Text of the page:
Some of the fears associated with driverless, autonomous cars is that they might actually speed through roads, with nary a care for other cars or humans. The case with Google‘s self-driving cars, however, might actually be the exact opposite. It might actually be traveling too slow, which might actually be just as bothersome. As the Mountain View traffic police found out, a Google car cruising, if you could call it that, at 25 mph no small amount of traffic backup. Fortunately for Google, it was actually operating under the law.
Going too fast or going too slow, it seems that Google might be caught in a dilemma. For safety reasons, of course, it has to roll on roads at a slow speed, 24 mph to be precise in this case. As anyone driving can imagine, that can feel excruciatingly slow, even in a zone with a 35 mph speed limit.
That is exactly the situation one of Google’s cars found itself in. Almost like a scene from a practical joke reel, a Mountain View traffic officer noticed traffic build up behind a slow-moving car. Upon approaching, he realized that it was one of ’em strange self-driving cars. He did pull the car over and then contacted Google operators to iron things out. It seemed that the car might have been in violation of California Vehicle Code 22400 (a), which prohibits anyone from impeding or blocking the movement of traffic by driving too slowly.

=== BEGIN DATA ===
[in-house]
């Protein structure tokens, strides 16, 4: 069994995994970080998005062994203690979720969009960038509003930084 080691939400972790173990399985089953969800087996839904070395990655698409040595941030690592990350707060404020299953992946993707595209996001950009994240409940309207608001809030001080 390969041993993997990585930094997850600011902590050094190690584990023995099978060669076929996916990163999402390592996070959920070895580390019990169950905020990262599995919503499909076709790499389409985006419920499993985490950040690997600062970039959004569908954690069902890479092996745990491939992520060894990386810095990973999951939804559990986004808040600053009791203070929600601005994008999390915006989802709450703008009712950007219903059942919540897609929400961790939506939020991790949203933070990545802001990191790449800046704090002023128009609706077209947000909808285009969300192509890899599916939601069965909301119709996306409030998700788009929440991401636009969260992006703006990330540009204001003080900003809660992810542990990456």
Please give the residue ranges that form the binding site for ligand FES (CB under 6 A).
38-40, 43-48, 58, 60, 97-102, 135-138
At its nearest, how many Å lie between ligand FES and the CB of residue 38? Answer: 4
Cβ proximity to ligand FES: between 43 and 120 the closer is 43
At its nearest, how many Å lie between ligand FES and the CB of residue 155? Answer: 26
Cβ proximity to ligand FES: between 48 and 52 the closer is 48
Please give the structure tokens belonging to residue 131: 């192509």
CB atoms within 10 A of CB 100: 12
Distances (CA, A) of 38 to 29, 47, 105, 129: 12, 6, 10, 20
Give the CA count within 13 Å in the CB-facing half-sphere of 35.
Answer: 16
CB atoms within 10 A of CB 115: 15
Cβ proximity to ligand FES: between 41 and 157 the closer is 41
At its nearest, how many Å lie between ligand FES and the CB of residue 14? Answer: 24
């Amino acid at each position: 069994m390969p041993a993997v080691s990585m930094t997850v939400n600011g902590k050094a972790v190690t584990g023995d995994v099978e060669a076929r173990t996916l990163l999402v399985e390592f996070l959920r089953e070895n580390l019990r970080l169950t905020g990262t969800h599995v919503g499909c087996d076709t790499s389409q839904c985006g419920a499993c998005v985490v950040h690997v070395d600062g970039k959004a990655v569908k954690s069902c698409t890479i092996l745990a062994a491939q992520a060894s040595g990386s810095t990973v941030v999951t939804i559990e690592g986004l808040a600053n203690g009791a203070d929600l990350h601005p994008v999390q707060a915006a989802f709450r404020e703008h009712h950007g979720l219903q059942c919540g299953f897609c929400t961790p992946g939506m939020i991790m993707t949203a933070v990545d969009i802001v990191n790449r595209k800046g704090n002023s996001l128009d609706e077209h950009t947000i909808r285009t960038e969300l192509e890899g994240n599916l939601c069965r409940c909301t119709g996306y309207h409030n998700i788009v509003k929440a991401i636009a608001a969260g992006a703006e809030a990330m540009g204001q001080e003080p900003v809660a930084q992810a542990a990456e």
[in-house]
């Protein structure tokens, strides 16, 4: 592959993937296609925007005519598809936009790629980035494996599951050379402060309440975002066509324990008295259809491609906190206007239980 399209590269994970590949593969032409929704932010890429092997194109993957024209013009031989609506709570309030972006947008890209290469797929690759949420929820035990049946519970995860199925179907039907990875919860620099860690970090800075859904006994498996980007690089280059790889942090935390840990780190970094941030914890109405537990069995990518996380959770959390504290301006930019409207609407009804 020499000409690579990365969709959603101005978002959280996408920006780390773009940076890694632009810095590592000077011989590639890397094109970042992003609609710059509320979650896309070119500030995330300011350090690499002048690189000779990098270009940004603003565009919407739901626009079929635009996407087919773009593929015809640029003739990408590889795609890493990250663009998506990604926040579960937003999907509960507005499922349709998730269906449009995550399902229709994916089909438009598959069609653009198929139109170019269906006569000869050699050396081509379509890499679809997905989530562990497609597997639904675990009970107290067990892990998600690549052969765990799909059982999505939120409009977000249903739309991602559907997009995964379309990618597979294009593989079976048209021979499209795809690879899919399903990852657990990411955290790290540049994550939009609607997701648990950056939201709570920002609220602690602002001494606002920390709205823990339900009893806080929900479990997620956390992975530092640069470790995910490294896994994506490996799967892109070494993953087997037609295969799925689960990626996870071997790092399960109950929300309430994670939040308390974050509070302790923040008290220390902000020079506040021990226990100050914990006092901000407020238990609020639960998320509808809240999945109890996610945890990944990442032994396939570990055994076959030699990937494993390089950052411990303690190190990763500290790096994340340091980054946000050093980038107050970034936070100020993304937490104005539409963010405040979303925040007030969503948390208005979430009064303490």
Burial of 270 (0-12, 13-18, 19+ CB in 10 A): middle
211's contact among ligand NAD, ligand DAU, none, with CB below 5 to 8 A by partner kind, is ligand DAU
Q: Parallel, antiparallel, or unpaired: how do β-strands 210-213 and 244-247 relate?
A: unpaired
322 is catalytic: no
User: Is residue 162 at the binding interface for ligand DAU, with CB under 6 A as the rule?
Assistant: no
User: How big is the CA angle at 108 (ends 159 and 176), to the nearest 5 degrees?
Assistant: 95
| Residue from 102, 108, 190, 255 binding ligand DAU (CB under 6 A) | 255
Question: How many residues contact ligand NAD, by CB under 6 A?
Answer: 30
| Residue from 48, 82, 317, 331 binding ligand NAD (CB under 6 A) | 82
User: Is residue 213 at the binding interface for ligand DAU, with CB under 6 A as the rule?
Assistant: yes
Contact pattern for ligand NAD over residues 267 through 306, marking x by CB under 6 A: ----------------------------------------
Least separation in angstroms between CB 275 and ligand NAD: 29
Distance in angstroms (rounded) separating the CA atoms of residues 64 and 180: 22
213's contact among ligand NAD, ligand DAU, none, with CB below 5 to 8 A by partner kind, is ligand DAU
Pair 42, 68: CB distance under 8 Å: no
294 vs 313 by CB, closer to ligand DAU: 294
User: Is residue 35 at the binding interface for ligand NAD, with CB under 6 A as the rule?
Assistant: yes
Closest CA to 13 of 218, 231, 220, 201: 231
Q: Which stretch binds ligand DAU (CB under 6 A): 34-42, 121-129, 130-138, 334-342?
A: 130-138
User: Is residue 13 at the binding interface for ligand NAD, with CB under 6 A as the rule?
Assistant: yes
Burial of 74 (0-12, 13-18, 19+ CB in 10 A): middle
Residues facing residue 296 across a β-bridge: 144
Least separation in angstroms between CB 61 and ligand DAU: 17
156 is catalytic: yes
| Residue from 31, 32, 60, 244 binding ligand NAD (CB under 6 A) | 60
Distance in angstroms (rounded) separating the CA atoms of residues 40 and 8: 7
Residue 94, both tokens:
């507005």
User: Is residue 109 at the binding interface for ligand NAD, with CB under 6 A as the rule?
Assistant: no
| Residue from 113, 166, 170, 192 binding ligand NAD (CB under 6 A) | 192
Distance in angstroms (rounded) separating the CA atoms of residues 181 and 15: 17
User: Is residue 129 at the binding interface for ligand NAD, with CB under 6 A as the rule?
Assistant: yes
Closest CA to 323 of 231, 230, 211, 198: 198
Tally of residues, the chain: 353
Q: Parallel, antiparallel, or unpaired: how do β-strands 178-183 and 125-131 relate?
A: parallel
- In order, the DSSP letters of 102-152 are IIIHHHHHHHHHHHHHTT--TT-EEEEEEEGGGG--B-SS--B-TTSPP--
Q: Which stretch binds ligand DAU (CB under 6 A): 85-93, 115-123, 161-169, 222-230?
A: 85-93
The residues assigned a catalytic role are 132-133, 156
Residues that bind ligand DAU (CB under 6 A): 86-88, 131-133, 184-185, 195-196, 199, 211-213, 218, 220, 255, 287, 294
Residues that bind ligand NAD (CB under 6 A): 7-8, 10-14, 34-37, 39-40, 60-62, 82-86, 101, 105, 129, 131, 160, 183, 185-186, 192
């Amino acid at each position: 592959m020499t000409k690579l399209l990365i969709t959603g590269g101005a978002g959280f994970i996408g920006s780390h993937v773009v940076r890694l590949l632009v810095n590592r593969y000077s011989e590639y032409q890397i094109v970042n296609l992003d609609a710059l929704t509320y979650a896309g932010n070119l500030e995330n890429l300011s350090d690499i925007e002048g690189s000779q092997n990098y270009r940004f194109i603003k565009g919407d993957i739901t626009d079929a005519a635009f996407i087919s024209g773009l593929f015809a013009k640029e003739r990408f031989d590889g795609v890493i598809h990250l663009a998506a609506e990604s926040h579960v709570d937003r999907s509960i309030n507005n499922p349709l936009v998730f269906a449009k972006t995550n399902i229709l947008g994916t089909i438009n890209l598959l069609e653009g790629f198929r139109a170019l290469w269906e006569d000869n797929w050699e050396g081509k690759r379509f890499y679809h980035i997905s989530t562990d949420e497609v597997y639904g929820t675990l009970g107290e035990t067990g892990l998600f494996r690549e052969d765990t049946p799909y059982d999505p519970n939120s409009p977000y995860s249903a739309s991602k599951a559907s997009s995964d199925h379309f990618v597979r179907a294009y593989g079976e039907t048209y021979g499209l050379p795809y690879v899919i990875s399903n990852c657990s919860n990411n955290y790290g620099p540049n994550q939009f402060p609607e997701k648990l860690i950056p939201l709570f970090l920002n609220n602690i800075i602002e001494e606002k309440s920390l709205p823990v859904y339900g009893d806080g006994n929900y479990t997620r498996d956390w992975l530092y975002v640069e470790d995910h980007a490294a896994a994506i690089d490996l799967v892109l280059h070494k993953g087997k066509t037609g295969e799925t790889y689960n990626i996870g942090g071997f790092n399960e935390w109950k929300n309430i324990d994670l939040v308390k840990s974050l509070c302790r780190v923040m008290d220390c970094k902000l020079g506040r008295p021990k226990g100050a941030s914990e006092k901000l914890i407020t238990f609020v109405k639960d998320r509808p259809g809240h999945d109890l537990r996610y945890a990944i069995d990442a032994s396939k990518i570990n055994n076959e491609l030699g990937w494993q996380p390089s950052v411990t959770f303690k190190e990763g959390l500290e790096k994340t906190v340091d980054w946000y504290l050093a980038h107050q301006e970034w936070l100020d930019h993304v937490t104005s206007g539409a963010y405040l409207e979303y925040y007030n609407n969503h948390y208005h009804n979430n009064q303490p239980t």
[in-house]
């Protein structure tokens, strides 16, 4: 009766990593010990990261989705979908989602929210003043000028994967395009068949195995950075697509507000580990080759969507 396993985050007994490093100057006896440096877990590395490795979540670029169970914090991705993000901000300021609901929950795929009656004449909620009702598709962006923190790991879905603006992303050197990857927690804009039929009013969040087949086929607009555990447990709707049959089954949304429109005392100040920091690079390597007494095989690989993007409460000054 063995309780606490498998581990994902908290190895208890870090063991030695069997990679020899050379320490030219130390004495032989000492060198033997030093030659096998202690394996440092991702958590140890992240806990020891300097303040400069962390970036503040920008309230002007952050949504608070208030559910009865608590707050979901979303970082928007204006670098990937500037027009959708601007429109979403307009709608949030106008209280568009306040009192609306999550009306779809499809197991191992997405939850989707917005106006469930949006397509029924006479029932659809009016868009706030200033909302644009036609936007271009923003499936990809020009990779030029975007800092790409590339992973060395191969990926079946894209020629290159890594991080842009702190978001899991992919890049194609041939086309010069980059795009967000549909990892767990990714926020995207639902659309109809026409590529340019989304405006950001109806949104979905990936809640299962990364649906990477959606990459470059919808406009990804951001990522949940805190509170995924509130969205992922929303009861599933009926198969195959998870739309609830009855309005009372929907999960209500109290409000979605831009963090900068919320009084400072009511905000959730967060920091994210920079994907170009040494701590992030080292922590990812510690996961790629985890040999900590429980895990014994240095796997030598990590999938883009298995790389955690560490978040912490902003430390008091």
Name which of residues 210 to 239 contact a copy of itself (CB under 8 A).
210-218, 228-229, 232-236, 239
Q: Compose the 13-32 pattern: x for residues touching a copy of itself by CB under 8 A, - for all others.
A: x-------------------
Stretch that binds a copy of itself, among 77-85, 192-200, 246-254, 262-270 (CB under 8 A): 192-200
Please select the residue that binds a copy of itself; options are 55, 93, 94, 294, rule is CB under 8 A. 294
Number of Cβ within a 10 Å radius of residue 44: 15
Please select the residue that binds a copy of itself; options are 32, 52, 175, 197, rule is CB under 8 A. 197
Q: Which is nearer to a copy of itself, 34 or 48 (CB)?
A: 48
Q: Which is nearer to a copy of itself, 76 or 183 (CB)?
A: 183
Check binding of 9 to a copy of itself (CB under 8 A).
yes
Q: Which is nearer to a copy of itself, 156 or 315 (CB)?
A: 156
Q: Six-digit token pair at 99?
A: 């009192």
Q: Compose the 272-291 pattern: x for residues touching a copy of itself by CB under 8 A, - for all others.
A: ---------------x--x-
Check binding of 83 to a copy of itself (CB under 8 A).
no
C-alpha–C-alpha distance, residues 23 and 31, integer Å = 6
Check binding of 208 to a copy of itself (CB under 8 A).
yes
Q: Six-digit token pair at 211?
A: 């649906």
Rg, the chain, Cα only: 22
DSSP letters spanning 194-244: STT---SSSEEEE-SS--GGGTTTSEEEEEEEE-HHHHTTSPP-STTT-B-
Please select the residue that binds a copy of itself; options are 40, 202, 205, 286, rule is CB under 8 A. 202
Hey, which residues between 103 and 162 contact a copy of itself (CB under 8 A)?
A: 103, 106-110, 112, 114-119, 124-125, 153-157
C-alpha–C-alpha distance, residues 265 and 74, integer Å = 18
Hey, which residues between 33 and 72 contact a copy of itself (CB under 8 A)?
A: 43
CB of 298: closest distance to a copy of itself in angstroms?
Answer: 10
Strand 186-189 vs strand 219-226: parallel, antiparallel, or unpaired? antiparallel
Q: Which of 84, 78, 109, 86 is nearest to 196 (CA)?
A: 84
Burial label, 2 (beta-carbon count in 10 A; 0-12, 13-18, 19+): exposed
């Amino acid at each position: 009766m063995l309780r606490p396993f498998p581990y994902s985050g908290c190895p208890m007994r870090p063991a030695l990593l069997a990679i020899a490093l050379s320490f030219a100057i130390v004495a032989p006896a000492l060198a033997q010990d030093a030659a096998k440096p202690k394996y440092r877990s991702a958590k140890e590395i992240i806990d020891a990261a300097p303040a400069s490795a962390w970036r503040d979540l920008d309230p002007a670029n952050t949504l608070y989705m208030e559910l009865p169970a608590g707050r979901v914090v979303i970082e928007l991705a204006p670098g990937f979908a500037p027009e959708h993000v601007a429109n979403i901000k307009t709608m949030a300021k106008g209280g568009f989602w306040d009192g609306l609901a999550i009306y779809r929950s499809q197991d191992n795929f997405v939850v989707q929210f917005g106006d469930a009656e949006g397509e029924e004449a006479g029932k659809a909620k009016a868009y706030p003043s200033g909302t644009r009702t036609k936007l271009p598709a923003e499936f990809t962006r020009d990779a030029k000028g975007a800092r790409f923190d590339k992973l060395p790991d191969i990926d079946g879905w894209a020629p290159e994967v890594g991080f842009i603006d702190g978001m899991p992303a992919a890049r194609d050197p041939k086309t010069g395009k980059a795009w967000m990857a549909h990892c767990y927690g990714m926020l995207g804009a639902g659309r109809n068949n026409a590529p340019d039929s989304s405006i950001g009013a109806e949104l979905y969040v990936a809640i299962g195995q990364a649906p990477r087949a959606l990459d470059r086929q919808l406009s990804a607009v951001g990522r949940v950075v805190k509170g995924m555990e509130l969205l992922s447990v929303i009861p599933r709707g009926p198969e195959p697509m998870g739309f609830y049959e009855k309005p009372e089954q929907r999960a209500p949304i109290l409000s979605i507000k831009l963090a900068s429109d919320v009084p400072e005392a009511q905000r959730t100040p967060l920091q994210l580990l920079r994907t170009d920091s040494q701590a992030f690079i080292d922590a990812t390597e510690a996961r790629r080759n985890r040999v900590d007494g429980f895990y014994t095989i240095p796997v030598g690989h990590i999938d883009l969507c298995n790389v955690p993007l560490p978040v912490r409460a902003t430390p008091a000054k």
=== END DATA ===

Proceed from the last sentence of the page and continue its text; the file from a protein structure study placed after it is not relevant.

Luckily for Google, the law was also on its side. That same code does make an exception “unless the reduced speed is necessary for safe operation, because of a grade, or in compliance with law.” In this case, Google was actually complying with the law that reqiures it not to drive at more than 25 mph and only on roads with a 35 mph speed limit. The El Camino Real road where it was pulled over was one such 35 mph zone.
Google proudly boasts that in the 1.2 million miles its self-driving cars have traveled, it has never received a ticket. At least not yet.